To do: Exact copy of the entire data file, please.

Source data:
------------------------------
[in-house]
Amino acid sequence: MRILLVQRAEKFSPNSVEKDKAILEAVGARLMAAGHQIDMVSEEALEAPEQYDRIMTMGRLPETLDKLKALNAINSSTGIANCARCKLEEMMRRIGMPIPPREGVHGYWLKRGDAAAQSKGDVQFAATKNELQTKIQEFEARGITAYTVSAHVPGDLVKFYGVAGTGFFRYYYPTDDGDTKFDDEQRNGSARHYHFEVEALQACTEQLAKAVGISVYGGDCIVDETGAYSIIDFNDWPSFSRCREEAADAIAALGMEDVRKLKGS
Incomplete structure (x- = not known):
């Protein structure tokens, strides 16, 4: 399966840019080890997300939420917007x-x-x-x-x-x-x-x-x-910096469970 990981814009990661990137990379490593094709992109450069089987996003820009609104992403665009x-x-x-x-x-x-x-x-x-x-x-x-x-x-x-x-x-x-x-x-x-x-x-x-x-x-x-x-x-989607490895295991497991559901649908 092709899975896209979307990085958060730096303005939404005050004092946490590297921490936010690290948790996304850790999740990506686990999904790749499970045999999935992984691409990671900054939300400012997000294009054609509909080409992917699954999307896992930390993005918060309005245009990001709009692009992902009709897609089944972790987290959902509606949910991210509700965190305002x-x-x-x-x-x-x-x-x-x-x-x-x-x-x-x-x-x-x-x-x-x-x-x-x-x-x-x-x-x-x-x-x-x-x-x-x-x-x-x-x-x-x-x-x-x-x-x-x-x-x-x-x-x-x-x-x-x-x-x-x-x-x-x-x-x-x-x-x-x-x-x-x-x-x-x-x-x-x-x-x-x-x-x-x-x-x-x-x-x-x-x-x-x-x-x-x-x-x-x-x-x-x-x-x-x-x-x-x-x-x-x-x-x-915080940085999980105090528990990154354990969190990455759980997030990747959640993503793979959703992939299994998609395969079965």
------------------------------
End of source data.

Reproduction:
[in-house]
Amino acid sequence: MRILLVQRAEKFSPNSVEKDKAILEAVGARLMAAGHQIDMVSEEALEAPEQYDRIMTMGRLPETLDKLKALNAINSSTGIANCARCKLEEMMRRIGMPIPPREGVHGYWLKRGDAAAQSKGDVQFAATKNELQTKIQEFEARGITAYTVSAHVPGDLVKFYGVAGTGFFRYYYPTDDGDTKFDDEQRNGSARHYHFEVEALQACTEQLAKAVGISVYGGDCIVDETGAYSIIDFNDWPSFSRCREEAADAIAALGMEDVRKLKGS
Incomplete structure (x- = not known):
């Protein structure tokens, strides 16, 4: 399966840019080890997300939420917007x-x-x-x-x-x-x-x-x-910096469970 990981814009990661990137990379490593094709992109450069089987996003820009609104992403665009x-x-x-x-x-x-x-x-x-x-x-x-x-x-x-x-x-x-x-x-x-x-x-x-x-x-x-x-x-989607490895295991497991559901649908 092709899975896209979307990085958060730096303005939404005050004092946490590297921490936010690290948790996304850790999740990506686990999904790749499970045999999935992984691409990671900054939300400012997000294009054609509909080409992917699954999307896992930390993005918060309005245009990001709009692009992902009709897609089944972790987290959902509606949910991210509700965190305002x-x-x-x-x-x-x-x-x-x-x-x-x-x-x-x-x-x-x-x-x-x-x-x-x-x-x-x-x-x-x-x-x-x-x-x-x-x-x-x-x-x-x-x-x-x-x-x-x-x-x-x-x-x-x-x-x-x-x-x-x-x-x-x-x-x-x-x-x-x-x-x-x-x-x-x-x-x-x-x-x-x-x-x-x-x-x-x-x-x-x-x-x-x-x-x-x-x-x-x-x-x-x-x-x-x-x-x-x-x-x-x-x-x-915080940085999980105090528990990154354990969190990455759980997030990747959640993503793979959703992939299994998609395969079965």